“The cosmos is within us,” Carl Sagan once said. “We are made of star-stuff. We are a way for the universe to know itself.” Nervous System, by Lina Meruane, is a slim elliptical novel which takes this sentiment very much to heart. Ella, the main character, is a student of astronomy and she sees stardust and planets everywhere she looks. The novel abounds with scientific imagery: a mole on a neighbor’s cheek is like a star; Ella and her boyfriend El are an electron and a positron, each the other’s opposite; an MRI machine is a black hole.
Very little action happens in Nervous System. If you sketch out the plot beats they seem barely enough to flesh out a short story. Ella struggles to finish her astronomy dissertation. She wishes she could get sick, so she could be relieved of her teaching duties; then she does become ill, a mysterious lesion appearing on her spine, and she regrets her wish. She allows her father to pay for her studies but worries that she is wasting his money. The major events in her life — her mother’s death, a breakup, a move to another country — are hinted at rather than expanded upon. Nearly everything that might be of ordinary interest happens off-stage.
What Meruane wants to write about instead are illnesses and injuries. Each chapter centers on the maladies and mishaps of a different character, and each chapter has a scientific title and theme, such as “stardust” or “gravity.” Sometimes the theme illuminates the characters beautifully. Associating Ella with black holes and El with explosions gives the reader an interesting window into their relationship. At other times the theme falters — associating the milky way with Ella’s stepmother and her breast cancer struck me as, let’s say, overly literal.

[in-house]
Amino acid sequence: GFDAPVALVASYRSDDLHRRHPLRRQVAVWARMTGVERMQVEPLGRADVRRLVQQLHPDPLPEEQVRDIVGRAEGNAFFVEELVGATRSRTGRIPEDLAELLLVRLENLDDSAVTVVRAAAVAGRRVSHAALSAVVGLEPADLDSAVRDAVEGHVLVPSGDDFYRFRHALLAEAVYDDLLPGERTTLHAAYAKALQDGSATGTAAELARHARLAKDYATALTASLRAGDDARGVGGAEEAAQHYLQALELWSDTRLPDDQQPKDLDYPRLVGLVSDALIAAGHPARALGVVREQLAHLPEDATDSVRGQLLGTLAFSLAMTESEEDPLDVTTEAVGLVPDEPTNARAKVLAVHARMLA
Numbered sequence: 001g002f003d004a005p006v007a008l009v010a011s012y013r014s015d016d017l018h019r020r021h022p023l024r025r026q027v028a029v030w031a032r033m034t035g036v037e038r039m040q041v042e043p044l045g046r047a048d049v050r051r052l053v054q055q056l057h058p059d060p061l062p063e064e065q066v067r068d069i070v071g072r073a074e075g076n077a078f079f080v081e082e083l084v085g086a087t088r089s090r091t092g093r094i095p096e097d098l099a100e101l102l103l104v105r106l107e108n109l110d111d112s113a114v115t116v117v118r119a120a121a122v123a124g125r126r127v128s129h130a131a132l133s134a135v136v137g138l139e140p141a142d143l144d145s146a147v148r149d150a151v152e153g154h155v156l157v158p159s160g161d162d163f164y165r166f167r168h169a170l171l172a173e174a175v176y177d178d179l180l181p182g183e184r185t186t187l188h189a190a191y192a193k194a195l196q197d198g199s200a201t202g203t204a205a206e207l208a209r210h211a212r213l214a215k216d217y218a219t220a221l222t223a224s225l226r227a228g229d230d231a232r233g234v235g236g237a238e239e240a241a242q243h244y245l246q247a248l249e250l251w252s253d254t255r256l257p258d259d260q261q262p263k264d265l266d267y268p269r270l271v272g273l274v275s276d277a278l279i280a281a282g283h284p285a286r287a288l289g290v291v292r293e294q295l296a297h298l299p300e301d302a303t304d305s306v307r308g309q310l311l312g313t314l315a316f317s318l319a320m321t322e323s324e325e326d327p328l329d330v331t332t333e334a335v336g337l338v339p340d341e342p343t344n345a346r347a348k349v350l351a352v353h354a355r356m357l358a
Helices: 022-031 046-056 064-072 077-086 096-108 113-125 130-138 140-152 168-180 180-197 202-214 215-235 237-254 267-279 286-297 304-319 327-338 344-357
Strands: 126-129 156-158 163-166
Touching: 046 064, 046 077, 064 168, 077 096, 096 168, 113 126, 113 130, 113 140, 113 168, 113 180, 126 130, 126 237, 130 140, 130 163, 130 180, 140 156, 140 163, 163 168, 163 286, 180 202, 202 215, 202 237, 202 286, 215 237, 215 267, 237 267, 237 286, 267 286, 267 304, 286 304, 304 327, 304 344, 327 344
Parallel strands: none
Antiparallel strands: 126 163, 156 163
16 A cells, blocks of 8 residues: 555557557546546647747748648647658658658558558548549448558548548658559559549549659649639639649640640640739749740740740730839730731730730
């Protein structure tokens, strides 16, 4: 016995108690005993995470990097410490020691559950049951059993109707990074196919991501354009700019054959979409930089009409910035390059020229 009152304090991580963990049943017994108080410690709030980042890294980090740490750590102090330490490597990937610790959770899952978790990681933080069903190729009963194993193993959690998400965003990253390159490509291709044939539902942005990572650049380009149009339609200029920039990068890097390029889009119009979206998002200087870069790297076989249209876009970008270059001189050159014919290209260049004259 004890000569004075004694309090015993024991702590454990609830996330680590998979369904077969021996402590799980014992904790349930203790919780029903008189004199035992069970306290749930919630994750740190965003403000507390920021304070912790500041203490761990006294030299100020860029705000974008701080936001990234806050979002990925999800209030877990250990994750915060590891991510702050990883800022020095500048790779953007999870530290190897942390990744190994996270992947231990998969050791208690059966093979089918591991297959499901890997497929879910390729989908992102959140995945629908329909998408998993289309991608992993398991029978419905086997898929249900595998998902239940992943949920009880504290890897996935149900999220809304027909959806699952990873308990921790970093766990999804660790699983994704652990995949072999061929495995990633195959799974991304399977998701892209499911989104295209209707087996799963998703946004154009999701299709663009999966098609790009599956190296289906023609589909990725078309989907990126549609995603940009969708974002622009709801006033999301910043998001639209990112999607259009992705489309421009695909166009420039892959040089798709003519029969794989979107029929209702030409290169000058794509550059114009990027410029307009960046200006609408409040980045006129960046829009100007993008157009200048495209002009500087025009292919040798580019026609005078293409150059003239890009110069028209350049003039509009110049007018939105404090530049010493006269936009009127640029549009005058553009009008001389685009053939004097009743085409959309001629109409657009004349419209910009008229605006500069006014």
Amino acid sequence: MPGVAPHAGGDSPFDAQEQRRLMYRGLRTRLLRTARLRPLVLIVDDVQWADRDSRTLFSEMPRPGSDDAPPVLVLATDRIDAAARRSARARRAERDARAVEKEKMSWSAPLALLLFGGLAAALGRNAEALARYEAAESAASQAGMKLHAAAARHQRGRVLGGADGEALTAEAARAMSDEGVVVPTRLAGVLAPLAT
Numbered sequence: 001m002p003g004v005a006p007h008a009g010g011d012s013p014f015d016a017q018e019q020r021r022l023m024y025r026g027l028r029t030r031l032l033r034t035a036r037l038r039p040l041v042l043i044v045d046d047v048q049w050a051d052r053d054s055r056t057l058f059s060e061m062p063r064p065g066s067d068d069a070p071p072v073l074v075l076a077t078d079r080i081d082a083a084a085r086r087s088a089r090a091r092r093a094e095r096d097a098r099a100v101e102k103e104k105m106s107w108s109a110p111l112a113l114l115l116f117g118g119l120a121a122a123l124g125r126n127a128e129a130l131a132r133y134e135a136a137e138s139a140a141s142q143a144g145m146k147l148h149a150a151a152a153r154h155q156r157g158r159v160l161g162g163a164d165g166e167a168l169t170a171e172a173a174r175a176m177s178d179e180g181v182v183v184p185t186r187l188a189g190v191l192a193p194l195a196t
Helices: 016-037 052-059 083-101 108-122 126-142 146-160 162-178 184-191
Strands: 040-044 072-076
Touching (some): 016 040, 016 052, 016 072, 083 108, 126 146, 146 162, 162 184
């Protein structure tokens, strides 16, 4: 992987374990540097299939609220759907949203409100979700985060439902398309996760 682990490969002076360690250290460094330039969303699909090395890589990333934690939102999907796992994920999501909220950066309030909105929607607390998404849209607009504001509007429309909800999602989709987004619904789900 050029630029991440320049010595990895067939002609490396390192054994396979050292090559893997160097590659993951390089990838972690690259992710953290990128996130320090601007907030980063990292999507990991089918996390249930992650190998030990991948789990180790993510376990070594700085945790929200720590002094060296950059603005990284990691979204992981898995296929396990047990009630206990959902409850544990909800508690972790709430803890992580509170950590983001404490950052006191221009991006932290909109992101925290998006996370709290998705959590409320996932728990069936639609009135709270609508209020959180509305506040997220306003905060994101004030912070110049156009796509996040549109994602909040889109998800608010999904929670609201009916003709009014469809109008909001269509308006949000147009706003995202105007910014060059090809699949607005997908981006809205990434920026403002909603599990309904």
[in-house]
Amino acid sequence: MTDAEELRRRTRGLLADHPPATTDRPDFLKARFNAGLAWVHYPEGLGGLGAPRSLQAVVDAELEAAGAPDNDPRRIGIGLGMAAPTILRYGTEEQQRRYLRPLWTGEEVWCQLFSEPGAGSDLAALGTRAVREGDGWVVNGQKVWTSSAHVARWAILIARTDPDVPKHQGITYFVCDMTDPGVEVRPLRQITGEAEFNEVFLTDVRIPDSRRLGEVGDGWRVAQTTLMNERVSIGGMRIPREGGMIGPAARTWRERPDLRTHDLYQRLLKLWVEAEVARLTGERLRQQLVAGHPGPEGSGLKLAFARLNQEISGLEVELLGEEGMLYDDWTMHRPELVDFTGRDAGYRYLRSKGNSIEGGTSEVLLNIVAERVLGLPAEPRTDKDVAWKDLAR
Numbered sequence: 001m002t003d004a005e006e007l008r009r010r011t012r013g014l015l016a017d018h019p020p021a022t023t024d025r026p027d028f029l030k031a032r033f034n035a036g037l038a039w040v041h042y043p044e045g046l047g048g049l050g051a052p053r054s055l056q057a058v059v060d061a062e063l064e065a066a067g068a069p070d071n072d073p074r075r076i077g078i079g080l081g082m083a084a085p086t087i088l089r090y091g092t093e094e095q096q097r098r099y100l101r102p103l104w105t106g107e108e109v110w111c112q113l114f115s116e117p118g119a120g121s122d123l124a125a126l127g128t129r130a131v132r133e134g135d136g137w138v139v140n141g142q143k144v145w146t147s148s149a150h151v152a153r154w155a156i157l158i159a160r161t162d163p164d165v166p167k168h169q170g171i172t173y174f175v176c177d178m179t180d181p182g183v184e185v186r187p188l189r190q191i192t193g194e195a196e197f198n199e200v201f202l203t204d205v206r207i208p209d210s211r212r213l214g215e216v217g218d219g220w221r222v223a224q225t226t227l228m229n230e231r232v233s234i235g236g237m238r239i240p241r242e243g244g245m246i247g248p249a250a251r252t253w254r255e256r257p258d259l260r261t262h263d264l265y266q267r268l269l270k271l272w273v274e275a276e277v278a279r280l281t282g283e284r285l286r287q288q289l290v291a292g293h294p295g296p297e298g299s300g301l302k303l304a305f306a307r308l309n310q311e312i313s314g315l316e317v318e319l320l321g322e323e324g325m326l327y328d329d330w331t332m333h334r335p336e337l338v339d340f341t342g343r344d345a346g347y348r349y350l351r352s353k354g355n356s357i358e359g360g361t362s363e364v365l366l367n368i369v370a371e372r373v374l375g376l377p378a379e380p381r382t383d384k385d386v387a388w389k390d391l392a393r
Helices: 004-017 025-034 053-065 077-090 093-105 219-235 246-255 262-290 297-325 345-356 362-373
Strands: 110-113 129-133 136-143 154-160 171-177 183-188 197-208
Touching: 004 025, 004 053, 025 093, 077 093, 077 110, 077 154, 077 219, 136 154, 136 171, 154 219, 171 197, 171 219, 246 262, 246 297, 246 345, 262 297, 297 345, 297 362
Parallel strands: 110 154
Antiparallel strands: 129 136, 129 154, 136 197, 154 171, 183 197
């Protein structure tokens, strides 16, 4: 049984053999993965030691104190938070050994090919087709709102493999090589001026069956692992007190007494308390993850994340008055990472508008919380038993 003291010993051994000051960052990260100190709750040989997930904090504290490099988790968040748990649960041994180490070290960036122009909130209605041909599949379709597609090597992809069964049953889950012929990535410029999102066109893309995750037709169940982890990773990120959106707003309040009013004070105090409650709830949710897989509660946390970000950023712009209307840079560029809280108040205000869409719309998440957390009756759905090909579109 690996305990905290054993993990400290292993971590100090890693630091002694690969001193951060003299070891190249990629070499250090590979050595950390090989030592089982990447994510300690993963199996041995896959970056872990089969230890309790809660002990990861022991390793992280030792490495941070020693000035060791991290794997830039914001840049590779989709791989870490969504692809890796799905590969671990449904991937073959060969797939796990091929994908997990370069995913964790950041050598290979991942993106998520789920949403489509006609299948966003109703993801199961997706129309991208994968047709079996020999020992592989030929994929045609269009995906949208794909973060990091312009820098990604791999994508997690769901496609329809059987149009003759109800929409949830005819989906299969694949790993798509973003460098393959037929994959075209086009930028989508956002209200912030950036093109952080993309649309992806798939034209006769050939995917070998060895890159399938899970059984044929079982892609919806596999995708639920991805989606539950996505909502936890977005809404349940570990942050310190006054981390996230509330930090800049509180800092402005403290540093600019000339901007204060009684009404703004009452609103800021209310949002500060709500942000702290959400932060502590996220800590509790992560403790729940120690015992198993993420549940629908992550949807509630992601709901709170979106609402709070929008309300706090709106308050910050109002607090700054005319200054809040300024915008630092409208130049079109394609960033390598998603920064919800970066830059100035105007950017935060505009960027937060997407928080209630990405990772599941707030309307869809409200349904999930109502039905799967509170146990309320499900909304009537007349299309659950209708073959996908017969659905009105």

Peppered throughout the book are asides about astronomy, or — as Ella corrects El at one point — “extraterrestrial planetary sciences.” These seem like digressions, but feature some of the most arresting writing in the book. For example, Ella ponders the universe:
An old cosmologist conjectured that after the big bang there must have been other, smaller explosions that produced infinite pocket universes scattered through space. Some empty and others saturated with matter, some eternal, others ephemeral, others that were expanding too quickly and violated the human laws of physics. But why would they be so different? Ella thought. Why was it only humans who were lucky enough to live in a space specially designed for them? A space, a planet, that humans seemed intent on destroying.
Life on earth was composed of 82 percent plants, 13 percent bacteria, and the remaining 5 percent included everything else. Of that everything else, only 0.01 percent was human. And still, that 0.01 percent was finishing off the other species. It was even finishing off itself.
When I finished Nervous System, what stuck with me were not the moments with doctors in hospitals, not Ella’s flailing love life nor her flailing career, but the side notes about stars and planets. These seeming diversions are as central to Ella’s story as her dissertation or the scans of her spine. The universe is part of her. She is part of it.
“What mistakes could we repair?” Ella’s father asks late in the book. “Which one would you start with?” He’s talking about the damage done to the planet, but he’s also talking about Ella and about his own life. It’s a metaphor, sure. But it’s more than that. It’s also a suggestion that learning what has gone wrong with the planet will illuminate what has gone wrong with Ella. She is a way for the universe to know itself, and for us to know the universe. Can the damage to Ella or to Earth be undone? Who can put them right? “Our planet is a lonely speck in the great enveloping cosmic dark,” wrote Carl Sagan. “In our obscurity, in all this vastness, there is no hint that help will come from elsewhere to save us from ourselves.”